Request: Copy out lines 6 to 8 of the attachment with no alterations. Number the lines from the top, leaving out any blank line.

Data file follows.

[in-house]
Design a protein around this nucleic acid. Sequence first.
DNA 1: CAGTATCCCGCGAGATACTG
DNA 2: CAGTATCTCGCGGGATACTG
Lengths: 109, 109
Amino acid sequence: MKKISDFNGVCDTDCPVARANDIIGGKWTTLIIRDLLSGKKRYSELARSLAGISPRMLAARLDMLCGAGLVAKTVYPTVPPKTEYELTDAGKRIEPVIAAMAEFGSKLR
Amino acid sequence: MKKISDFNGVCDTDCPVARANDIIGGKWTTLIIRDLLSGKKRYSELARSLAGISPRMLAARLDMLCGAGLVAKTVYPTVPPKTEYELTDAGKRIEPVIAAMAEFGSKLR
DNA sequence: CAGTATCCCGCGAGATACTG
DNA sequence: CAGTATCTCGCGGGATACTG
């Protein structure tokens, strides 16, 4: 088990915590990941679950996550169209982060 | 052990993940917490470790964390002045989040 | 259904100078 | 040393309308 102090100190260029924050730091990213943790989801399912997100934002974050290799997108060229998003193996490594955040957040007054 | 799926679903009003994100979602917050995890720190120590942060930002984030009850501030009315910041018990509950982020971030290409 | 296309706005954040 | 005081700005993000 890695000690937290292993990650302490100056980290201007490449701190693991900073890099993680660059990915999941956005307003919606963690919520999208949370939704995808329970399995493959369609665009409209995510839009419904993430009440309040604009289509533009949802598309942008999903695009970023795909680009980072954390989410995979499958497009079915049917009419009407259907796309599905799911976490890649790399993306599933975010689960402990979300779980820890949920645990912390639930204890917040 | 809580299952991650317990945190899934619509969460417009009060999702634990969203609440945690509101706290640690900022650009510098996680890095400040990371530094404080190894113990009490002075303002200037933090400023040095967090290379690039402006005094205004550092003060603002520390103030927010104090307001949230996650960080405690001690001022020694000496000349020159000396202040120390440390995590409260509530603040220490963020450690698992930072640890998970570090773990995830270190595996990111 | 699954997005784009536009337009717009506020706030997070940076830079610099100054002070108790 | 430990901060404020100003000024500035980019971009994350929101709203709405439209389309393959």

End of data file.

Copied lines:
Amino acid sequence: MKKISDFNGVCDTDCPVARANDIIGGKWTTLIIRDLLSGKKRYSELARSLAGISPRMLAARLDMLCGAGLVAKTVYPTVPPKTEYELTDAGKRIEPVIAAMAEFGSKLR
Amino acid sequence: MKKISDFNGVCDTDCPVARANDIIGGKWTTLIIRDLLSGKKRYSELARSLAGISPRMLAARLDMLCGAGLVAKTVYPTVPPKTEYELTDAGKRIEPVIAAMAEFGSKLR
DNA sequence: CAGTATCCCGCGAGATACTG